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I have a CNF formula like $(x_1∨x_2∨x_3') ∧ (x_1' ∨ x_4 ∨ x_2)$ ...

Perhaps I want to see if the equation is equivalent to a CNF equation containing a single literal ($x_2$ for example).

I already know I can get there eventually by going through every existing predicate resolution. Meaning if I look at the two clauses in the above example, I can add the following clause to the equation without changing the truth values: $(x_2 ∨ x_4 ∨ x_3')$.

Doing this with the right combination of variables will create two literal clauses, and eventually one literal clauses that can be added again while maintaining the same truth values.

Is there any other way in CNF to find new clauses that hold this property?

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  • $\begingroup$ $x_2$ satisfies the formula, but so does $x_1 \land x_4$. As does $x'_1 \land x'_3$. For your formula to be true, only one disjunct in each conjunct need be true. $\endgroup$
    – amWhy
    Jan 30, 2020 at 4:49
  • $\begingroup$ I’m not really interested in proving satisfiability here, I’m just interested in generating CNF clauses that both have fewer literals and don’t effect the truth table of the original equation $\endgroup$ Jan 30, 2020 at 15:50
  • $\begingroup$ This is not a full answer, however if $x_2$ appears in at least 2 disjunctive clauses, you can remove it from all other disjunctive clauses. This is because $x_2\lor(x_2\land x_n)=x_2$. $\endgroup$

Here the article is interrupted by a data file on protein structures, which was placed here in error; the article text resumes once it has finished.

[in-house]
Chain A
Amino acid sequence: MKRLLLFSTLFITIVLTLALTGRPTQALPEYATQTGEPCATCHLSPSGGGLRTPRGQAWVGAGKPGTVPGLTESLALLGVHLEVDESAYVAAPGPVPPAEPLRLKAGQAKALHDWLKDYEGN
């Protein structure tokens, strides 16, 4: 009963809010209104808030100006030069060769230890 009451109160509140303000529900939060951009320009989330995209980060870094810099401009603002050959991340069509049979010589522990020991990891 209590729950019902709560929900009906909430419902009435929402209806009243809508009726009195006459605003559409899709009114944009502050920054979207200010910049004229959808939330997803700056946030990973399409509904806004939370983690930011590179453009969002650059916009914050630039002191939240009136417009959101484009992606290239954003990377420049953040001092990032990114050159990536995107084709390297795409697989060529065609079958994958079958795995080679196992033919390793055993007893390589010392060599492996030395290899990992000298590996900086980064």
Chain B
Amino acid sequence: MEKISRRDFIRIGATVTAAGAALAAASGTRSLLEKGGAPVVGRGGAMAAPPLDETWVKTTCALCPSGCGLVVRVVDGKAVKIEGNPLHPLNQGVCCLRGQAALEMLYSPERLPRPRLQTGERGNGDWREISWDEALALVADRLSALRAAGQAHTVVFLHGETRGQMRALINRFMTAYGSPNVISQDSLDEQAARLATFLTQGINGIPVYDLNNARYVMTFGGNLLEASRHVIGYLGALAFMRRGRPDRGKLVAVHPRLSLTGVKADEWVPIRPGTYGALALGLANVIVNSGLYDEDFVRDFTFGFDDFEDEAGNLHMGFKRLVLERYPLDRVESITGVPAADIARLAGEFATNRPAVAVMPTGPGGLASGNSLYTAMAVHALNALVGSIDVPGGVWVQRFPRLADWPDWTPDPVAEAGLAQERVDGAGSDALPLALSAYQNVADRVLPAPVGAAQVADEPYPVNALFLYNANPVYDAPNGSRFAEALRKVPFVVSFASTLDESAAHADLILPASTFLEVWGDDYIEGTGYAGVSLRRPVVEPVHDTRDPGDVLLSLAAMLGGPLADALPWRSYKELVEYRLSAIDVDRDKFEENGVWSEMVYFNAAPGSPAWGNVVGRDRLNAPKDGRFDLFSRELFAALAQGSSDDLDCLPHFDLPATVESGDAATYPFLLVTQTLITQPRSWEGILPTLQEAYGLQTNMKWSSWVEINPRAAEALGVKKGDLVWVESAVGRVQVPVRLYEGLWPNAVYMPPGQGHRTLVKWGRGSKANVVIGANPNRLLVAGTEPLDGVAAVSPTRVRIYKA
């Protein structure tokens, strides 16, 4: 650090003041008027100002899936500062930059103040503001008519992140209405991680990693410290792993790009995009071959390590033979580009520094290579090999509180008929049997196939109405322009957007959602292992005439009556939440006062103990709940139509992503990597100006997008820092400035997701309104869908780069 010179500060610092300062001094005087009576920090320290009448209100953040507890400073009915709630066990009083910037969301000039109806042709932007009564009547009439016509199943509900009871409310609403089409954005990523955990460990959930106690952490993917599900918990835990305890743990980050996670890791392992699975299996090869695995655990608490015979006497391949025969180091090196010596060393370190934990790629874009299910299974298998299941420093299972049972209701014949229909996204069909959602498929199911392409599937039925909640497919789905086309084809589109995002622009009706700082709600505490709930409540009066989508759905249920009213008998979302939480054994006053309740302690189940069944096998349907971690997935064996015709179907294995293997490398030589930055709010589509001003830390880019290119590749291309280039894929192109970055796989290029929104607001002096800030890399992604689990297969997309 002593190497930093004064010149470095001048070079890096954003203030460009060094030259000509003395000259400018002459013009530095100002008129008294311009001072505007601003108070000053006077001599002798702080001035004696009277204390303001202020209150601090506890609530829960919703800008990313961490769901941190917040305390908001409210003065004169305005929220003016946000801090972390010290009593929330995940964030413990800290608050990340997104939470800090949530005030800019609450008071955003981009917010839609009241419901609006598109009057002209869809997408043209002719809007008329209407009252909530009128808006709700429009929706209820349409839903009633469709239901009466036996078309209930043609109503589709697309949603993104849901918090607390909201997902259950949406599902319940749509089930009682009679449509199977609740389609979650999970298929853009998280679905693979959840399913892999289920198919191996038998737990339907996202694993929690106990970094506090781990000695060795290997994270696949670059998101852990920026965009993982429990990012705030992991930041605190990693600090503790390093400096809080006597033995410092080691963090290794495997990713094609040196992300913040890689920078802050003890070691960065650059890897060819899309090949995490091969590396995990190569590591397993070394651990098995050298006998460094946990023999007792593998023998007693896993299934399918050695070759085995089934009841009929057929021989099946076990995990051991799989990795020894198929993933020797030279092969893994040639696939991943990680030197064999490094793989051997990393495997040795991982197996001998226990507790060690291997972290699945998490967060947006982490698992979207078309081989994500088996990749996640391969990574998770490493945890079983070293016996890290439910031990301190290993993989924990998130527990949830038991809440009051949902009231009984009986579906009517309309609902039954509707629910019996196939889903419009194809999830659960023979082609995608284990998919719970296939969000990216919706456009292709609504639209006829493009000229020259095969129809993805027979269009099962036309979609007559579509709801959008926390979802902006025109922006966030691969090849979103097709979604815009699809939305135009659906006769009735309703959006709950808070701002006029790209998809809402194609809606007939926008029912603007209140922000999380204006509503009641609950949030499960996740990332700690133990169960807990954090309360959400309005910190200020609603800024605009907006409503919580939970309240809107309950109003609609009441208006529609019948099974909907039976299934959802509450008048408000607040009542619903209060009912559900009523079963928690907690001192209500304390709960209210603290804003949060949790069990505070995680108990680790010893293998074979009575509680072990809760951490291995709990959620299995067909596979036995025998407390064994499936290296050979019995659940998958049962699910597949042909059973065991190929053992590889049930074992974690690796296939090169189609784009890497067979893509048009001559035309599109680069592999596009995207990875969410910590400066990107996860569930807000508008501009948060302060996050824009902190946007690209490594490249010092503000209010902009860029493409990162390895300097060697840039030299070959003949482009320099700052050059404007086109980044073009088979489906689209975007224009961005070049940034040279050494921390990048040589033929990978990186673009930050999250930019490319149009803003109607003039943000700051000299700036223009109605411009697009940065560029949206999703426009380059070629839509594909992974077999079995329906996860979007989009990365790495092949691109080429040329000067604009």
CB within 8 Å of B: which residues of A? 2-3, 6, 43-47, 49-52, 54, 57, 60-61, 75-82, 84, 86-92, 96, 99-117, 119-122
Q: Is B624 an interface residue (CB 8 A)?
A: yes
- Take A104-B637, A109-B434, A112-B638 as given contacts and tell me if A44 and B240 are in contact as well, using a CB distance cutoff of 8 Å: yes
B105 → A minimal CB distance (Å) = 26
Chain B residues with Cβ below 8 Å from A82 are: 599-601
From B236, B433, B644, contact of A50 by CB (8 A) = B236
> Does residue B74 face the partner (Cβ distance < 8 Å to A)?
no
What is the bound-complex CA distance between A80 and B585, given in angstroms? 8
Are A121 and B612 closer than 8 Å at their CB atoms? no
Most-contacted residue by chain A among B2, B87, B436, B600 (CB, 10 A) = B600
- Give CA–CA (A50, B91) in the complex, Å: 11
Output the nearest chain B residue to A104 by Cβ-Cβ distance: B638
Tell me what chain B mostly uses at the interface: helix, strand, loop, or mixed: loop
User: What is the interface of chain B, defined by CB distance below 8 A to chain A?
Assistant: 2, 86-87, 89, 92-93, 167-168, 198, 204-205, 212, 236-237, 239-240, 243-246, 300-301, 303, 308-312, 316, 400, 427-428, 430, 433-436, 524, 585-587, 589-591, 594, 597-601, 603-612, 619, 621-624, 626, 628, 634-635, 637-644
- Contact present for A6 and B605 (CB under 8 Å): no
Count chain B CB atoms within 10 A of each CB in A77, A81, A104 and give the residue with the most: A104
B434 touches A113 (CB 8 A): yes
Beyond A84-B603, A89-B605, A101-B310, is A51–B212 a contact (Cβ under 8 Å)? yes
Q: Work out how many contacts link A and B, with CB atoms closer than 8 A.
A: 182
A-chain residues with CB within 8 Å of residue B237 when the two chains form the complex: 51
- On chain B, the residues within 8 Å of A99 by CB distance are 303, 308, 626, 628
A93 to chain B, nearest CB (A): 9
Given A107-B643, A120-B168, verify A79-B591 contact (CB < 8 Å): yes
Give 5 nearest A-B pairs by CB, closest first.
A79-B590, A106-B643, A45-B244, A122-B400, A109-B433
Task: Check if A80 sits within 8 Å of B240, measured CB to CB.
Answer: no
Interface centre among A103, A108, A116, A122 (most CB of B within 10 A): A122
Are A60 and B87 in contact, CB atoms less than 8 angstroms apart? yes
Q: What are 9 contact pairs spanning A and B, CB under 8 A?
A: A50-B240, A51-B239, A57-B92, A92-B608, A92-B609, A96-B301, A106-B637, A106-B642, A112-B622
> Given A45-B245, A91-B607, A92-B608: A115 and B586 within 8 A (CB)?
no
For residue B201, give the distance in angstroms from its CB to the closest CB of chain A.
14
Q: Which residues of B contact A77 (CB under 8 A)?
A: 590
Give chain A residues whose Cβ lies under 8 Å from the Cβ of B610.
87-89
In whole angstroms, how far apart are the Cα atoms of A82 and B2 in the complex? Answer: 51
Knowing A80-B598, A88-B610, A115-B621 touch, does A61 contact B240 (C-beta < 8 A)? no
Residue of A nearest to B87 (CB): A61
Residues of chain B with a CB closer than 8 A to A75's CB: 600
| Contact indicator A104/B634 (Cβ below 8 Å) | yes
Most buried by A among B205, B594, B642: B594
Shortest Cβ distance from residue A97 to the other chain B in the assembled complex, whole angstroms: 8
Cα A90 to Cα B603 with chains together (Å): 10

– user400188
    Jun 4, 2020 at 9:39
  • $\begingroup$ I recall if you apply resolution with all possible combinations of clauses involving a the same single literal. Then you can get to erase that literal to produce another formula that is eqisatisfiable to the original. Your formula size will explode exponentially to erase that literal unfortunately. Not sure if some clever data structures can help with explosive number of clauses. $\endgroup$
    – clinux
    Jun 23 at 6:42

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I seem to recall that if you apply resolution with all possible combination of clauses contain a certain literal at once, you can produce a new formula that is equisatisfiable to the original formula. However the number of clauses explodes exponentially unfortunately. (Number of clauses gets squared.)

Example:

$(D∨C)∧(D'∨A∨B')∧(D'∨A'∨B')∧(D'∨A'∨B)∧(D∨A)$

Now combine clauses containing $D$ / $D'$ in all possible ways to erase the $D$ literal which constructs the following formula that is equisatisfiable to the original formula.

$(A∨B'∨C)∧(A'∨B'∨C)∧(A'∨B∨C)∧(A∨B')$

Now combine $A$ / $A'$:

$(B'∨C)$

That final formula is obviously satisfiable. So the original formula should be satisfiable too. We first erased $D$, then erased $A$ in that example.

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